5. John says:

    Something tells me that in the future, much like we pay extra for dedicated IP addresses, they’ll put the majority of users who will never notice on shared CGNAT and having your own IP4 address will be an extra fee.

    1. Stoat says:

      If you bite the bullet and move to IPv6, address space congestion isn’t an issue.

      All these “solutions” are increasingly intrusive (and expensive) heath-robinson ways of keeping IPv4 going instead of just firing up IPv6 stacks.

  6. Corrado Mella says:

    I find CGNAT an acceptable compromise, a necessary evil we’ll have to face, sooner or later.

    Why not to leave the “cheap and cheerful” providers for the masses like PlusNet to do CGNAT, and other providers “for the most discerning customers” to get you your own public IPv4 IP?

    Not to say that the “privilege” to have your own fixed IPv4 IP should lead to a heavy premium price to pay, but most of internet users just want to browse and get email don’t even contemplate gaming, let alone running their own servers…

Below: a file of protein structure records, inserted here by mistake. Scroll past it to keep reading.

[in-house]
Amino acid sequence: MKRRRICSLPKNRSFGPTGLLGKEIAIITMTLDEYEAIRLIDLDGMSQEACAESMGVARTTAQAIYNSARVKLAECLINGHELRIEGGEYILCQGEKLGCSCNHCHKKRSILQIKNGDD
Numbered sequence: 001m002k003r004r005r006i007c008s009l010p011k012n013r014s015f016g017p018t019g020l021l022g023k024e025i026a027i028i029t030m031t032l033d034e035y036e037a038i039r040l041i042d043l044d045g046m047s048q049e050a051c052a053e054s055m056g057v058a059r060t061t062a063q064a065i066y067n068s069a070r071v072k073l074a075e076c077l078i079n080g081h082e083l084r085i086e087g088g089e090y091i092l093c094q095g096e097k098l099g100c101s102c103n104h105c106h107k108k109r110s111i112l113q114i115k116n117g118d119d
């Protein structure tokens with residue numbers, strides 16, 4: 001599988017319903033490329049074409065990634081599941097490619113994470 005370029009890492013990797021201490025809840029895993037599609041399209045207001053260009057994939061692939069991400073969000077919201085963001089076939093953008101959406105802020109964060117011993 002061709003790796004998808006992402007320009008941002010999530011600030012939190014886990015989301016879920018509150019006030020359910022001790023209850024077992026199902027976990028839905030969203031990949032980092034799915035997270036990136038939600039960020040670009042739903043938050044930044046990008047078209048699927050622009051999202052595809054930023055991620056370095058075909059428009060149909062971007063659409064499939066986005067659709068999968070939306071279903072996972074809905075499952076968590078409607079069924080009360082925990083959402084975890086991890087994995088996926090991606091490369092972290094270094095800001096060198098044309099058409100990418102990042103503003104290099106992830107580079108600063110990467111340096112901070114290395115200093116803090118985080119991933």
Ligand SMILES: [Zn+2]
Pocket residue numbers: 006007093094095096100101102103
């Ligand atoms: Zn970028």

I have another idea that might get us out of the woods for good.

    All the authorities that assigned IPv4 blocks should assess if they are being properly used, and demand them to be put back in the pool if they aren’t.

    I have on good authority that some early adopters and big players are holding onto entire pools of A classes and using them very little, if at all,or using them to assign an IP to the computer on the desk of their employees – with all the stupid security risks involved and requiring heavy countermeasures a good NAT could solve for good.

    Can I suggest a use it or lose it policy?

    Apart those assigned to ISPs to dynamic ranges or to provision connections, others that don’t do should justify their allocation.

    I would allow not more than a 10% of unused addresses in their allocation as spares and room for growth.

    I’m sure this policy would single handedly:
    find and recover a large number of IPv4 addresses allocated but unused, pushing requirement for CGNAT in the future – if ever;
    – save those (involuntary?) hoarders a few quid;
    – stop in their tracks those that are holding onto their IPv4 allocation to make that an IPv$ / IPv€ allocation (curiously both symbols are on the “4” key on UK keyboards!) to re-sell on the grey/black market to people desperate for an IPv4 address when we really are out of them.